High-seas illegal fishing thwarted by catch documentation schemes


The latest technical paper on catch documentation schemes from the Food and Agriculture Organization of the United Nations (FAO), discusses how such schemes benefit, or could benefit, deep-sea fisheries by protecting them from illegal, unreported, and unregulated (IUU) fishing. The paper’s author, Giles Hosch, found in his research that catch documentation schemes….Read more (seafoodsource.com)

Clipper Oil: Latest Fishing News – Pacific Islands Fisheries Leaders Happy with Outcomes at the WCPFC Meeting


Latest Fishing News
Pacific Happy With Outcomes at Tuna Commission Meeting
Pacific Fisheries Leaders Highlight Tuna Commission Action
Pacific Nations Call for Tighter Controls on Transshipping
Hard Sell for US Proposal to Increase Fishing Days
Plans to Transition Starkist Ops From CA to American Samoa Hit a Snag
Mexico Loses 10-year WTO Battle Over U.S. Tuna Labeling

Modern Fish Act passes House: Industry wonders what happened to Magnuson?

The U.S. House voted to pass the Modern Fish Act on Wednesday, just two days after the Senate approved it unanimously, swiftly sending the bill to President Donald Trump’s desk for a signature. The “Modernizing Recreational Fishing Management Act,” or S.1520, has been the subject of debate and compromise among lawmakers, commercial and recreational fishing interests, and environmentalists for months….
Read more (nationalfisherman.com)

Attention shoppers: “Pole and line” is today’s eco-friendliest label for canned tuna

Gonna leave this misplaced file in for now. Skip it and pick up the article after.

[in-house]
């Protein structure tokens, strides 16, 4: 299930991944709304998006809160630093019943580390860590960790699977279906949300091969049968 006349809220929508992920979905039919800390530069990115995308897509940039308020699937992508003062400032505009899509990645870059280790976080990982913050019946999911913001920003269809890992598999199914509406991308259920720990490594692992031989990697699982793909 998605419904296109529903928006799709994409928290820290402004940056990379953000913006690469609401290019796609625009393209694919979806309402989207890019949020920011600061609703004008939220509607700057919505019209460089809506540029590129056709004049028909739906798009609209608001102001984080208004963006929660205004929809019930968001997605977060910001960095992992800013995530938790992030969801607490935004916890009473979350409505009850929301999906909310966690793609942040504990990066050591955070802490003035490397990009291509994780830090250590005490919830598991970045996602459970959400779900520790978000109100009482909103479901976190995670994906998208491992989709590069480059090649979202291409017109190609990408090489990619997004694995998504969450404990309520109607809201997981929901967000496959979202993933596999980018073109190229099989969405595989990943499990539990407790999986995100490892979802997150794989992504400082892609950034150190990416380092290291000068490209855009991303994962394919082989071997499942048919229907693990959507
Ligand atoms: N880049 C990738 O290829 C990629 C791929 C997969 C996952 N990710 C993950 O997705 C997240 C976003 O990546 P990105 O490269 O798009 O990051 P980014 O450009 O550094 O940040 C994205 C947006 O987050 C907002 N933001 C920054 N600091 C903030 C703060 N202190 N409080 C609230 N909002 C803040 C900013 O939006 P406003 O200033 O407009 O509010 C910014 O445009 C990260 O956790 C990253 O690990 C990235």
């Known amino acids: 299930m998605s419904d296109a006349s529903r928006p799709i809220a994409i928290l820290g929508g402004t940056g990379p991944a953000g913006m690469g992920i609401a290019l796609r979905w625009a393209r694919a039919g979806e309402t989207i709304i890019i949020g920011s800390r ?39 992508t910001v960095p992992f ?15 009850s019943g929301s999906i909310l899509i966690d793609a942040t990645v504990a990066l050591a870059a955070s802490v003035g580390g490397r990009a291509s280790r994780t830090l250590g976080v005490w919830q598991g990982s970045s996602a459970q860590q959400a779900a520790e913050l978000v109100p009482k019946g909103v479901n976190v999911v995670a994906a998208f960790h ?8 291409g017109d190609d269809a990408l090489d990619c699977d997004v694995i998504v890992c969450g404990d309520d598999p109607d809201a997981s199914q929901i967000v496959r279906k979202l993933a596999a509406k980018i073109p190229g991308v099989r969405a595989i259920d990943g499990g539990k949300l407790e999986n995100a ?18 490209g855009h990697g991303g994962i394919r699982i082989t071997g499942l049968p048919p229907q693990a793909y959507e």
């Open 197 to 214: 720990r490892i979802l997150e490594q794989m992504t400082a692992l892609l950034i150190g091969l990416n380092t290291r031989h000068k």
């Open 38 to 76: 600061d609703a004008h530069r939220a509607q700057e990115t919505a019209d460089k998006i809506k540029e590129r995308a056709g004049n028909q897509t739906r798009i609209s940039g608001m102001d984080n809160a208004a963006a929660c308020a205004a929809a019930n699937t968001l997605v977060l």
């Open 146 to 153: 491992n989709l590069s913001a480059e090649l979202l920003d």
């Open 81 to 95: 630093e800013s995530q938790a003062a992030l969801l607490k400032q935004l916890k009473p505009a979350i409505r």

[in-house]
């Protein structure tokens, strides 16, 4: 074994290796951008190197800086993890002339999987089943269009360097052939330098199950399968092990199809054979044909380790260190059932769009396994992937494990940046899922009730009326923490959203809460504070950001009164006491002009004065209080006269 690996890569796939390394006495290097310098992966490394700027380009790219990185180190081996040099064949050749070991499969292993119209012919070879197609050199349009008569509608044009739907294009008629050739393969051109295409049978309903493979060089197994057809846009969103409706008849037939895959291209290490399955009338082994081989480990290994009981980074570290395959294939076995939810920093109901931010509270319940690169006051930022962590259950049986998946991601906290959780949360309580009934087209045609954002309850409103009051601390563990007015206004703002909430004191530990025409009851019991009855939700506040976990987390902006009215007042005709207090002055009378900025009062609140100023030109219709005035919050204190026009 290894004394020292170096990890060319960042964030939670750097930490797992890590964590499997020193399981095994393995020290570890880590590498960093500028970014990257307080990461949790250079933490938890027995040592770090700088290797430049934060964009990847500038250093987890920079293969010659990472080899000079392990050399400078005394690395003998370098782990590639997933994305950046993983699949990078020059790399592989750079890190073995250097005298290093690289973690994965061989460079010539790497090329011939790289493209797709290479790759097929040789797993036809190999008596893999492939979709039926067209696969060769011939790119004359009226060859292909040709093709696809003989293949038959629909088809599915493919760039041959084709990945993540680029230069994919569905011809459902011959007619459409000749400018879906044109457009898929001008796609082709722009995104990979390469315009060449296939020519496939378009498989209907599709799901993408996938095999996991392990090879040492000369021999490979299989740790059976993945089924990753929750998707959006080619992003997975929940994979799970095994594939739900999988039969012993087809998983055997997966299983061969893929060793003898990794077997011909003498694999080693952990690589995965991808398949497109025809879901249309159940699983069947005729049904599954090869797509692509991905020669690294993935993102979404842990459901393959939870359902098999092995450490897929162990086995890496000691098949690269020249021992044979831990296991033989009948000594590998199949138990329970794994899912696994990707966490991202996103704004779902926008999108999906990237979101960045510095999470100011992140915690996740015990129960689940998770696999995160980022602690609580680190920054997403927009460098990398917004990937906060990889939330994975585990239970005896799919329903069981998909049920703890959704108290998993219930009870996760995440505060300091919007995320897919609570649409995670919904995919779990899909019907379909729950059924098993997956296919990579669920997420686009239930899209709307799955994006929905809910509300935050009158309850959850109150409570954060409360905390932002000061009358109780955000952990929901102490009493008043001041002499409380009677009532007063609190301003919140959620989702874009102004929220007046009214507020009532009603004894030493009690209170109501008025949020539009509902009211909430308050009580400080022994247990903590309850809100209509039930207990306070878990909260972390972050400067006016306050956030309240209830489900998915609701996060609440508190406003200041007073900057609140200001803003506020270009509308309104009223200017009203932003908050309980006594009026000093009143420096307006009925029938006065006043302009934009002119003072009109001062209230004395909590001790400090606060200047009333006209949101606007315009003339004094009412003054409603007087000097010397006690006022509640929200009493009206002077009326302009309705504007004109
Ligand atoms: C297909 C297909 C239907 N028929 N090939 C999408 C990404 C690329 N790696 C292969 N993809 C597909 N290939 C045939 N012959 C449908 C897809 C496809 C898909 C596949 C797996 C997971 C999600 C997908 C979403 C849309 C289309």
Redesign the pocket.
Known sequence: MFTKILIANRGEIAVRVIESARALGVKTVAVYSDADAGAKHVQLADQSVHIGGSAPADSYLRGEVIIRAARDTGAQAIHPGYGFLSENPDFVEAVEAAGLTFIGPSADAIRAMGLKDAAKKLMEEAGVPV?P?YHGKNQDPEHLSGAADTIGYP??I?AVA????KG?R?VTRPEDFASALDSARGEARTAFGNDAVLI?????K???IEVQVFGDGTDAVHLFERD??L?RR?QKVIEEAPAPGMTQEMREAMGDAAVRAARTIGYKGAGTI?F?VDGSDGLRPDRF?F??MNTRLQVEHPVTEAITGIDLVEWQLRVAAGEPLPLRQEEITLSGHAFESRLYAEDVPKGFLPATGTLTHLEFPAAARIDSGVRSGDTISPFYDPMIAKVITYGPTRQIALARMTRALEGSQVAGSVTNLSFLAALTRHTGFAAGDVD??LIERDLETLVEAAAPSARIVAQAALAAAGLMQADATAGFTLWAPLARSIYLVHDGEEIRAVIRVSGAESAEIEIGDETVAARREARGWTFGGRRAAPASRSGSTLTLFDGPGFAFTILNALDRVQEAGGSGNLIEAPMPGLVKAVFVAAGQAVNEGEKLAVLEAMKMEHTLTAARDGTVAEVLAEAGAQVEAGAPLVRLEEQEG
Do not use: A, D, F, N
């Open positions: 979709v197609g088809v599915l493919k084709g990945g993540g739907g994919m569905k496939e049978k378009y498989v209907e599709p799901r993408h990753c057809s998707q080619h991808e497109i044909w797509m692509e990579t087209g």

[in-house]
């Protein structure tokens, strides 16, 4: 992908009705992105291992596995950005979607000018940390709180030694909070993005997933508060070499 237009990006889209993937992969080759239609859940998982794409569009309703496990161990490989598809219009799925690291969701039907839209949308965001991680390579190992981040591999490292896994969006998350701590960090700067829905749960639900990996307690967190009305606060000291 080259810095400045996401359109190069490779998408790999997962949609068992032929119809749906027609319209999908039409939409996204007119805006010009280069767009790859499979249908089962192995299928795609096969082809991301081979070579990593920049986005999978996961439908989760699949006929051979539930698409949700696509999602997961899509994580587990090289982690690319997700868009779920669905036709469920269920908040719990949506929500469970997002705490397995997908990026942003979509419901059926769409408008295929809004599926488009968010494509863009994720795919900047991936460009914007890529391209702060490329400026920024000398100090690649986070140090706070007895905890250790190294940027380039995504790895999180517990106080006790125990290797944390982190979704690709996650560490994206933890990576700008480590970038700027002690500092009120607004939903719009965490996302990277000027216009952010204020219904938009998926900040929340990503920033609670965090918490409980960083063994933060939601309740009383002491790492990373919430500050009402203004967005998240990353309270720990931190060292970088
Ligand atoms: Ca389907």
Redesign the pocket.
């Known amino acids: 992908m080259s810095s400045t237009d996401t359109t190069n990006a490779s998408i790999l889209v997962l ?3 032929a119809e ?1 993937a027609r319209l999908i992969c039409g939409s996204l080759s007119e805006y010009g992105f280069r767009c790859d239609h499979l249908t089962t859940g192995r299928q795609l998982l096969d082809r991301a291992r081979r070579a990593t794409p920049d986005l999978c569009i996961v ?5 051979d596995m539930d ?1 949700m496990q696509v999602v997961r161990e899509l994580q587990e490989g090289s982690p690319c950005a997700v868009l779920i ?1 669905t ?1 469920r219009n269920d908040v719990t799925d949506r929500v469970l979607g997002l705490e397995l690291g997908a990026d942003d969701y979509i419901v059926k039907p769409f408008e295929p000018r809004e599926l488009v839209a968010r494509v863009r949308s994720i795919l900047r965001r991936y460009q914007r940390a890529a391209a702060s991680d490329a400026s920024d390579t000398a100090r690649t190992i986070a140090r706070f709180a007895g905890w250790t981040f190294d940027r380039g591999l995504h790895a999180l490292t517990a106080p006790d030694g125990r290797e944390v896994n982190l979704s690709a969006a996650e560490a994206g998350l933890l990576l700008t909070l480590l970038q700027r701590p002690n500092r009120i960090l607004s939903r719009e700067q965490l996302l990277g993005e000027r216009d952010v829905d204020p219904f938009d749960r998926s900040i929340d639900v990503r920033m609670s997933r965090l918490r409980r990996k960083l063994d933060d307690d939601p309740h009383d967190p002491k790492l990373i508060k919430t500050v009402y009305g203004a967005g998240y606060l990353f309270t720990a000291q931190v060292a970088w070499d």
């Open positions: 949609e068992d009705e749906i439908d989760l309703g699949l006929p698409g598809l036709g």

Canned tuna is a staple in my pantry, and probably in yours. Americans and Europeans buy more of the squat little cans than anyone else, importing almost a million tons in 2018. Supermarkets carry at least 20 brands. Yet, the fish we buy for $1.50 also dominates headlines as a creature in crisis because some tunas are badly overfished. It’s natural to wonder if any canned option is a sustainable choice….
Read more (oceana.org)

Declining albacore numbers a worry for Tuna Commission

The environmental group, the Worldwide Fund for Nature, hopes to see changes when the Western and Central Pacific Fisheries Commission, meets next week in Honolulu. The tuna programme manager for the environmental group, Bubba Cook, says they have concerns about FADs or fish aggregation devices and transhipping. But Mr Cook told Don Wiseman a key priority they want to see put in place is the ‘albacare tuna target reference point’…. Read more (radionz.co.nz)